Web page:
The fortress at Ollantaytambo was completed less than a century before the Spanish came. There were, at the time, still people living in Peru that had participated in building that structure when the Spanish arrived.

Regarding the Inca and honesty, they told the Spanish that they didn't build the structures at Tiwanaku. Why wouldn't they claim they had built these if they had falsely claimed they had built the others?


Harte


There is a difference between adding to, and building a structure.

In the case of Saksaywaman, for example, it is actually known to mainstream archaeology that the oral history wherein the Inca claimed to have constructed it is false. That it was, in fact, built by a previous civilization.

en.wikipedia.org...



posted on Sep, 28 2017 @ 05:30 AM
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originally posted by: bloodymarvelous

originally posted by: Harte

originally posted by: bloodymarvelous

originally posted by: Hanslune

originally posted by: bloodymarvelous


The problem is the Inca came about just 700 years ago so they were not affected by the end of the Ice age. As noted earlier they did take over earlier structures but they also built a great deal themselves.


What megaliths did they build. (Like in a way where we can clearly see it was them doing it?)

Perhaps you are unaware that the Spanish actually observed the Inca building with megaliths, and even conscripted (or hired) dozens of them to build their buildings.

Or, will you say the Inca lied about what they built?


I'm not aware of it, because you haven't been so kind as to give a link, or even search terms I can enter into google in order to verify it.




The fortress at Ollantaytambo was completed less than a century before the Spanish came. There were, at the time, still people living in Peru that had participated in building that structure when the Spanish arrived.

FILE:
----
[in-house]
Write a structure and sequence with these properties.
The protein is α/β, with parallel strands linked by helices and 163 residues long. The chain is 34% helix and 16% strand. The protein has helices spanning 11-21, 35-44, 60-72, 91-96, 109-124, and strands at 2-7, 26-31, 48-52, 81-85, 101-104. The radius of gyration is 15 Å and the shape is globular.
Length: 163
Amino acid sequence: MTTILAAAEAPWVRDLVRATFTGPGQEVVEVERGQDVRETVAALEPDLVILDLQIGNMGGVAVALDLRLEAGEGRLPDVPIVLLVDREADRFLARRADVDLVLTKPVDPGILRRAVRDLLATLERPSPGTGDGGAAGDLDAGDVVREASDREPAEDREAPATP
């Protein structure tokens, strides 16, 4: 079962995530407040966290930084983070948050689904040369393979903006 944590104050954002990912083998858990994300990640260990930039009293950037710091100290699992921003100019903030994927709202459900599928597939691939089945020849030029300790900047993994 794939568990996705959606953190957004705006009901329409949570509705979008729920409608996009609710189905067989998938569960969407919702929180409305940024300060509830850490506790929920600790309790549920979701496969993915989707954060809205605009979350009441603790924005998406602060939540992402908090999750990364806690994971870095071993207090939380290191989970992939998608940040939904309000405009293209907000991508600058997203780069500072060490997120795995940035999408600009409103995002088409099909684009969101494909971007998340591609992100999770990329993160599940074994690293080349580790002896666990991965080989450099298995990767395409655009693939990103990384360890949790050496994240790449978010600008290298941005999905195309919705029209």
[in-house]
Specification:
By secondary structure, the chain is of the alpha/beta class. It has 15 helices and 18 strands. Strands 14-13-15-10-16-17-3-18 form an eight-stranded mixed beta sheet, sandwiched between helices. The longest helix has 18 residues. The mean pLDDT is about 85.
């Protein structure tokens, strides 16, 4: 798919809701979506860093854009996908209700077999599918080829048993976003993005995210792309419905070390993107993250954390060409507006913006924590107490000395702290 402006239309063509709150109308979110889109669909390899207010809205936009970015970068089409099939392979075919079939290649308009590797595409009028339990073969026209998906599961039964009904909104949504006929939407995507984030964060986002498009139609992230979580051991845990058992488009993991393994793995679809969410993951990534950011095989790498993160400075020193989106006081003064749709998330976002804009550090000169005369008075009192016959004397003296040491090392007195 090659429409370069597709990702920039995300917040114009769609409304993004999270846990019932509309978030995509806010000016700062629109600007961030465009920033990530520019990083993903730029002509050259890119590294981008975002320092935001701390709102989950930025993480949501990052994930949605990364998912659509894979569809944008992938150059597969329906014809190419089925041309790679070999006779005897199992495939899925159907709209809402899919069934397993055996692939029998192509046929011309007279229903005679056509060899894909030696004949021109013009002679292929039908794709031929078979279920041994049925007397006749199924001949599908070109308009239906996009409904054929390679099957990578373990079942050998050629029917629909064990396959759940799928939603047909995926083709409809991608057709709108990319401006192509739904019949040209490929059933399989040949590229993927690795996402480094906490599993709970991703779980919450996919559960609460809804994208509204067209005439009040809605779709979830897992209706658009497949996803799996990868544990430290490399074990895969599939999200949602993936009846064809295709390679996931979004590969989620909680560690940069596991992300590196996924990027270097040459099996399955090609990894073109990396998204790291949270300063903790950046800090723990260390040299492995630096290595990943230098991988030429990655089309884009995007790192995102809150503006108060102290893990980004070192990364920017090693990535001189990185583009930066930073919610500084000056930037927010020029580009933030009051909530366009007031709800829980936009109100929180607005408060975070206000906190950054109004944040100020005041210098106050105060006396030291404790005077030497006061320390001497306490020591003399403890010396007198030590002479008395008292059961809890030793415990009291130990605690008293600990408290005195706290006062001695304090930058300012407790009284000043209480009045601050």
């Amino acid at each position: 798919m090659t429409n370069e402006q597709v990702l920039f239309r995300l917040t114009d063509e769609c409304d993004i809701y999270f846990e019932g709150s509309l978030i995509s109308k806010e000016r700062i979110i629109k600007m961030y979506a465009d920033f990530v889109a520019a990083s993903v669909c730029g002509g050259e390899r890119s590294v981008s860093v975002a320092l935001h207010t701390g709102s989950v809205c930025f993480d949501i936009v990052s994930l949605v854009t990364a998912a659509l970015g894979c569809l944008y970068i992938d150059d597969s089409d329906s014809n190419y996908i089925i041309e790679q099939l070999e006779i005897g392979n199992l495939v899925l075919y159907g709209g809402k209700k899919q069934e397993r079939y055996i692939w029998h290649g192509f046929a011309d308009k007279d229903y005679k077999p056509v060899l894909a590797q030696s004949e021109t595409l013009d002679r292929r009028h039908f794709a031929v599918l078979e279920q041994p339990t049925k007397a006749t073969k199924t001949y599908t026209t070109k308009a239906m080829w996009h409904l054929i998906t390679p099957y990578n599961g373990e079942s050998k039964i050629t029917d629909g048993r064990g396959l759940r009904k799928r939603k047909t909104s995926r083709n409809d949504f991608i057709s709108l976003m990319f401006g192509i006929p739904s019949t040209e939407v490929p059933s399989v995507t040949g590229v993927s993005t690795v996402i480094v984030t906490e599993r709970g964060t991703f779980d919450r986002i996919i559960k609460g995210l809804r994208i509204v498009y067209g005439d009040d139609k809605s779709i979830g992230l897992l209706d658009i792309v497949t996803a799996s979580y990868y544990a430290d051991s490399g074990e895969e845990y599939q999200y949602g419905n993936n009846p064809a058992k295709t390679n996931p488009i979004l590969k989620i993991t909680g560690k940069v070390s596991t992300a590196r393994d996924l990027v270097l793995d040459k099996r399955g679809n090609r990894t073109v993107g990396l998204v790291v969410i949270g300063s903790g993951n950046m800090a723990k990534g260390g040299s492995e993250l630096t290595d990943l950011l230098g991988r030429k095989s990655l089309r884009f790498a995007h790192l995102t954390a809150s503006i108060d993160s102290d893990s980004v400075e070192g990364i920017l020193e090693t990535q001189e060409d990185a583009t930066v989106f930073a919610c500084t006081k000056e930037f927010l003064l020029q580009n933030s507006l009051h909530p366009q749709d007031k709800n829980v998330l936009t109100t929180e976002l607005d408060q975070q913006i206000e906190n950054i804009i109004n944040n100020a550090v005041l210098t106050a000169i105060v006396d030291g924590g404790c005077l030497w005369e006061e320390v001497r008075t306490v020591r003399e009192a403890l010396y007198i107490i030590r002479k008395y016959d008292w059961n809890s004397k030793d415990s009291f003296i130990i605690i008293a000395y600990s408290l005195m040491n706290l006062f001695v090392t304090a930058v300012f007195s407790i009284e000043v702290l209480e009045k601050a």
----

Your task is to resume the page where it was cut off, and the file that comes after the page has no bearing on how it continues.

Regarding the Inca and honesty, they told the Spanish that they didn't build the structures at Tiwanaku. Why wouldn't they claim they had built these if they had falsely claimed they had built the others?


Harte


There is a difference between adding to, and building a structure.

In the case of Saksaywaman, for example, it is actually known to mainstream archaeology that the oral history wherein the Inca claimed to have constructed it is false. That it was, in fact, built by a previous civilization.

en.wikipedia.org...

From your link:

The complex was expanded and added to by the Inca from the 13th century; they built dry stone walls constructed of huge stones.


Regarding a source for Spanish observations, I couldn't remember names, but I've googled up a couple for you - Pedro de Cieza de Le6n and Pedro Sarmiento de Gamboa.

There are several others, but I haven't memorized them and Google will find them for you, if you bother to look.

Harte



posted on Sep, 28 2017 @ 07:29 PM
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originally posted by: bloodymarvelous


What megaliths did they build. (Like in a way where we can clearly see it was them doing it?)


You mean what did they build? They tended to build useful things not rocks piled on top of rocks

en.wikipedia.org...

Here is a list of all the major Inca ruins in Peru - use the menu selector for Inca and they will grouped for ya:

en.wikipedia.org...



It is, of course, quite possible that Europe's megaliths are from both a different time AND a different culture. With the Inca, the Spanish destroyed their records, and we don't know what they knew. In Europe we know they didn't know how to move large stones at any time in recorded history (because the historians never demonstrated any understanding of the process.)




As Harte noted above the Spanish recorded the Inca working on sites, used the same workmen to build their own building and the children of the Inca nobility that married the Spanish wrote about about they built structures and moved large rocks.

You didn't reply to my query about why no sign of these 'others' shows up while at the same time other cultures material remains are found in the same area.


Piri Reis map to be from that time


It isn't


And then, of course, there is resettlement of the sites farther from the ocean. Which covers the area in more recent relics, giving an archaeologist quite a lot of noise to sift through.


A challenge but often overcome.